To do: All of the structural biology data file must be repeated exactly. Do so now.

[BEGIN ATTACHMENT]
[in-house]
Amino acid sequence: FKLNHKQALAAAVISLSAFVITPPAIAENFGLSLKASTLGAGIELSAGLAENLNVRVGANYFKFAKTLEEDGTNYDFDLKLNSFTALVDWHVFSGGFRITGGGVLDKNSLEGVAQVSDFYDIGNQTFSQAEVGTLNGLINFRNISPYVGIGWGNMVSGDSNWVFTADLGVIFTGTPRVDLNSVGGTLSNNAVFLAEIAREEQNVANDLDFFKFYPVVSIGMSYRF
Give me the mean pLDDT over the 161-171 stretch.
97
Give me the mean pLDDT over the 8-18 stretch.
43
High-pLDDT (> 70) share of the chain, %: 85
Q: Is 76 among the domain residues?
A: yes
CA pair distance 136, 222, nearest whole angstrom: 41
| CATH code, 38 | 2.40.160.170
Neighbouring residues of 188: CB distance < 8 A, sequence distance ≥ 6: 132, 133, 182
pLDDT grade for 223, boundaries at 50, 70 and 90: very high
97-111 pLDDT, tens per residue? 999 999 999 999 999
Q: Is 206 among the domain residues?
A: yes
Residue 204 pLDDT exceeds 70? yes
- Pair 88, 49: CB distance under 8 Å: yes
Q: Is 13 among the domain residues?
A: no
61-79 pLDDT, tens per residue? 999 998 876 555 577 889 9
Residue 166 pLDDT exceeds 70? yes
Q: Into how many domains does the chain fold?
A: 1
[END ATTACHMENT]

[in-house]
Amino acid sequence: FKLNHKQALAAAVISLSAFVITPPAIAENFGLSLKASTLGAGIELSAGLAENLNVRVGANYFKFAKTLEEDGTNYDFDLKLNSFTALVDWHVFSGGFRITGGGVLDKNSLEGVAQVSDFYDIGNQTFSQAEVGTLNGLINFRNISPYVGIGWGNMVSGDSNWVFTADLGVIFTGTPRVDLNSVGGTLSNNAVFLAEIAREEQNVANDLDFFKFYPVVSIGMSYRF
Give me the mean pLDDT over the 161-171 stretch.
97
Give me the mean pLDDT over the 8-18 stretch.
43
High-pLDDT (> 70) share of the chain, %: 85
Q: Is 76 among the domain residues?
A: yes
CA pair distance 136, 222, nearest whole angstrom: 41
| CATH code, 38 | 2.40.160.170
Neighbouring residues of 188: CB distance < 8 A, sequence distance ≥ 6: 132, 133, 182
pLDDT grade for 223, boundaries at 50, 70 and 90: very high
97-111 pLDDT, tens per residue? 999 999 999 999 999
Q: Is 206 among the domain residues?
A: yes
Residue 204 pLDDT exceeds 70? yes
- Pair 88, 49: CB distance under 8 Å: yes
Q: Is 13 among the domain residues?
A: no
61-79 pLDDT, tens per residue? 999 998 876 555 577 889 9
Residue 166 pLDDT exceeds 70? yes
Q: Into how many domains does the chain fold?
A: 1